Tool Kit Automates Instrumentation for J2EE Apps

 
 
By Paula Musich  |  Posted 2002-10-07 Email Print this article Print
 
 
 
 
 
 
 

Tool provides a graphical interface that allows developers to choose application attributes to monitor and measure.

Instrumenting applications to enable them to be monitored and managed has never been easy, and it isnt much easier for Java 2 Enterprise Edition applications even using the Java Management eXtensions standard interface. But a small Pleasanton, Calif., application management supplier has created a tool kit to simplify the process for ISVs and corporate developers. AdventNet Inc. last week announced its ManageEngine Suite 5, which automates instrumentation for J2EE applications using the JMX standard and provides tools to build custom consoles and integrate with existing management consoles such as those from IBMs Tivoli unit or Hewlett-Packard Co.s OpenView.
"We tried to make the instrumentation problem easier--especially for custom applications," said Tony Thomas, chief technology officer and founder of AdventNet.
The task of instrumenting applications falls on the developers, who dont typically have the time or expertise to instrument their applications. "To make [applications] manageable, you need to expose the instrumentation of them so you can control them and measure the metrics of them. But its too much work for the developer--they have to learn a lot and do a lot to achieve this. Theyd rather not have to deal with it," said Thomas. ManageEngine Suite uses the common instrumentation model in the JMX standard. "You write it as componentized code deployed with your application, and it can be exposed by HTTP or any type of form needed to expose the instrumentation. With the combination of deployment descriptors and Java introspection, you can automate a lot of the process of instrumenting the code," said Thomas. The tool provides a graphical interface that allows developers to choose application attributes--typically represented as Enterprise JavaBeans--to monitor and measure. They can graphically create rules for alerting IT or business managers when problems arise in their applications.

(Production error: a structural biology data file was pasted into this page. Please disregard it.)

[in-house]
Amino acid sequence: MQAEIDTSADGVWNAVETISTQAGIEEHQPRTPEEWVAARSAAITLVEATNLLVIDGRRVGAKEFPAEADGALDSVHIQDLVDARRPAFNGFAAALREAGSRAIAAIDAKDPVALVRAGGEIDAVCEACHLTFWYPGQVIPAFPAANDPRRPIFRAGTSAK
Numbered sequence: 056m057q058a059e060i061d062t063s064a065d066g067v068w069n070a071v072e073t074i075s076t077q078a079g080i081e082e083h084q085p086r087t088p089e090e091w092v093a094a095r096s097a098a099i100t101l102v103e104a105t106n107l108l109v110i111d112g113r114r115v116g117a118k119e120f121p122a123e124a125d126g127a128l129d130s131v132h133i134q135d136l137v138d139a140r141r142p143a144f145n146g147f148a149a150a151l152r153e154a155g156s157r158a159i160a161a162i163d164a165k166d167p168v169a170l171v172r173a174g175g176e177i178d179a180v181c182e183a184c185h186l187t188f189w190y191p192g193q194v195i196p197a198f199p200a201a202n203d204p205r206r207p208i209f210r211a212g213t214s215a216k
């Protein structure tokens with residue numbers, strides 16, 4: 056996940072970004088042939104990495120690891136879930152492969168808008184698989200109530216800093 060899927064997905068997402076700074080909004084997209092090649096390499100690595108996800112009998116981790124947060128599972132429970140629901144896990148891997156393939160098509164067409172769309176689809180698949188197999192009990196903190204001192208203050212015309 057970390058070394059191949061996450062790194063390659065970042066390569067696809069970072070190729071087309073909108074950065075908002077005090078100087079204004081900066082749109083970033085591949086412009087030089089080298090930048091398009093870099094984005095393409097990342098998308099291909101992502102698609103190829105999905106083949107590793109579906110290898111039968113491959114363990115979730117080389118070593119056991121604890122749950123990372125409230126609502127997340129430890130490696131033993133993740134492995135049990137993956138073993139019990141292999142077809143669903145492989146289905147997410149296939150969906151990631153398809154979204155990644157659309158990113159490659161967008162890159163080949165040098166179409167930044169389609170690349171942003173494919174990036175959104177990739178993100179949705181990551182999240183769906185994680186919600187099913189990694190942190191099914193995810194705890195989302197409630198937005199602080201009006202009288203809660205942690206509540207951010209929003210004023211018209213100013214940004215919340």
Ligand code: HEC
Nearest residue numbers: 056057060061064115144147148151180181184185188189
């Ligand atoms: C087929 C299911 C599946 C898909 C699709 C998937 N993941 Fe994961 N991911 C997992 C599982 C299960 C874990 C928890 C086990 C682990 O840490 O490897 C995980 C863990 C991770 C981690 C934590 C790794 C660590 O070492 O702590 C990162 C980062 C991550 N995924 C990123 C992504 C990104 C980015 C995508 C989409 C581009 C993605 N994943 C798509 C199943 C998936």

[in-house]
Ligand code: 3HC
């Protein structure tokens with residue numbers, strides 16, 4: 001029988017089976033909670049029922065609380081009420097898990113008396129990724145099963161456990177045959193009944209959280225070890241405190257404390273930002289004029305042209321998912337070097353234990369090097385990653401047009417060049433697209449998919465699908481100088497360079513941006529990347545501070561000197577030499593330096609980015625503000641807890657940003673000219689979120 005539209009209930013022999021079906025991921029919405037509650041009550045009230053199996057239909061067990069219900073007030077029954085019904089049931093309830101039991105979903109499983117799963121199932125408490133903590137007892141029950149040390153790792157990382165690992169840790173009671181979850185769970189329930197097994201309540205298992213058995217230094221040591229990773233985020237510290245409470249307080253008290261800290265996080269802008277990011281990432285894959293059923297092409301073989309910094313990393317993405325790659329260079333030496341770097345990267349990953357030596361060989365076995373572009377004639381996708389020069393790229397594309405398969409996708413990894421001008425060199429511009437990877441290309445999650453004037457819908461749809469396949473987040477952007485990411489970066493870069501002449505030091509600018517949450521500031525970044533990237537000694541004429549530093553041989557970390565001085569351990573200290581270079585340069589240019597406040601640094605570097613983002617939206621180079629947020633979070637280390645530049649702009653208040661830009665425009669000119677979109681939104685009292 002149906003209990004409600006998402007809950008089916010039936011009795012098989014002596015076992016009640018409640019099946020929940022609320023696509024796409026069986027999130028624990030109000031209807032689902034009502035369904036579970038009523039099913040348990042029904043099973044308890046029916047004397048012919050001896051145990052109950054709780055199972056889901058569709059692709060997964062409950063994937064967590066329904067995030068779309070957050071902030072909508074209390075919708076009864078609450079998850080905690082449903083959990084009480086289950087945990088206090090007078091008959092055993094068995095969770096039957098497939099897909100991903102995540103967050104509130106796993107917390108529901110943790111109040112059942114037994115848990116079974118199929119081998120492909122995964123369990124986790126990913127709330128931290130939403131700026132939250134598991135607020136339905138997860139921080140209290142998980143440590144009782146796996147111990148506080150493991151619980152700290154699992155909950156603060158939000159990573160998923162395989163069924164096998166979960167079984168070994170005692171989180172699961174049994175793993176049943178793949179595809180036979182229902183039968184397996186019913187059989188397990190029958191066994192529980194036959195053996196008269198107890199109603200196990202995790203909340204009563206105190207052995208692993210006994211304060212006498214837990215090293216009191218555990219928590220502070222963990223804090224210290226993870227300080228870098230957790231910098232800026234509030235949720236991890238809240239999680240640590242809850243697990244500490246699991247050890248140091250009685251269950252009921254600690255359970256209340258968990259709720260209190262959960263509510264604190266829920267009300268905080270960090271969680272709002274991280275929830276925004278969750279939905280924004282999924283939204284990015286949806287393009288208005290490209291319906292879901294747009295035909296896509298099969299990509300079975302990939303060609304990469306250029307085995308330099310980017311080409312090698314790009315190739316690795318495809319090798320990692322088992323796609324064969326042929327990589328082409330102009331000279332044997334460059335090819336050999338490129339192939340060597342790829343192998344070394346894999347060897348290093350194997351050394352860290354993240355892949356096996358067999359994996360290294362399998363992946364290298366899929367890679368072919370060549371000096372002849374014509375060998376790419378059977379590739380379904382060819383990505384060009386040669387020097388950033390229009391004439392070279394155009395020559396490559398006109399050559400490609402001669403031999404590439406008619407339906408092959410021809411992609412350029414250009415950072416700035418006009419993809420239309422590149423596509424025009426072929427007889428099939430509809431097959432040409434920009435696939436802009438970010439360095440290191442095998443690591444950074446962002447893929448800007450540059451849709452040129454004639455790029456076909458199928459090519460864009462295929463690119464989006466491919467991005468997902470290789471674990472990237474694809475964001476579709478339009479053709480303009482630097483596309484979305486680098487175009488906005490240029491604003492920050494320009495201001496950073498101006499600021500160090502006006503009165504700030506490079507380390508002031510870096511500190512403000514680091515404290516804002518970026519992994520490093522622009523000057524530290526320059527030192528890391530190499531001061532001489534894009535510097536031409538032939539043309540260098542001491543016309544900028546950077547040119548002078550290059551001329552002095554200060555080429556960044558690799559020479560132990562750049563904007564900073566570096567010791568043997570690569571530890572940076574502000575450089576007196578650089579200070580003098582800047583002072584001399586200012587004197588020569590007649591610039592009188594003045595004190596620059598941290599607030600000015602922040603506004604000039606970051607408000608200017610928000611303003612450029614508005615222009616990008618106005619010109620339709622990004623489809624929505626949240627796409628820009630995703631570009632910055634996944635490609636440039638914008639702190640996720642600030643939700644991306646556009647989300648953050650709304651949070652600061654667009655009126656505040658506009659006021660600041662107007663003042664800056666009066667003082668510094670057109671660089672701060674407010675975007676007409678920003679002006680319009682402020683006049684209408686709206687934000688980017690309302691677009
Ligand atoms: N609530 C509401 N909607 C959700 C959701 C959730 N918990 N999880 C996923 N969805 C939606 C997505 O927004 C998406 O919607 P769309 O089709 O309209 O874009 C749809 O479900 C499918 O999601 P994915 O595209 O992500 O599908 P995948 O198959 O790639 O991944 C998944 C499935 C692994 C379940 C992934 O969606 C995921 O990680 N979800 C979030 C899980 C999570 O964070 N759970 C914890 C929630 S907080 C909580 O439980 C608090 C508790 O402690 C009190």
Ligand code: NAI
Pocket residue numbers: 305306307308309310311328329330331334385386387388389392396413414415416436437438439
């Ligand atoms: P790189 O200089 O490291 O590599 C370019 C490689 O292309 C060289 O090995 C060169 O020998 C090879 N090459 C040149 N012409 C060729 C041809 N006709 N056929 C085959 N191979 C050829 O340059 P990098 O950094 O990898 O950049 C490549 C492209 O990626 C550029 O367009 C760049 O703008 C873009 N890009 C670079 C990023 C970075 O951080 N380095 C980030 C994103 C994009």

Other vendors have taken the approach of building consoles to manage the J2EE Web application servers such as IBMs WebSphere or BEAs WebLogic, according to Audrey Rasmussen, analyst with Enterprise Management Associates Inc., in Boulder, Colo. "There are people managing J2EE applications, but more by instrumenting the servers. Other management vendors are moving toward using JMX, but theyre not there yet. AdventNet has been there for a while," she said. Thomas believes that only application architects in the largest firms--especially financial services firms--are beginning to design JMX into their J2EE applications. The ManageEngine Suite is made up of three components, including the JMX Studio for automating instrumentation for monitoring and measuring application performance and business-level management. Other components include the Console Builder for automating the building of consoles that can integrate with existing management consoles, and the Applications Manager integrated console for systems, middleware and custom applications. ManageEngine Suite 5 ships by months end. It is priced at $6,000 per server for the JMX agent tool kit. The Console Manager is $15,000 per server.
 
 
 
 
 
 
 
 
 
 
 

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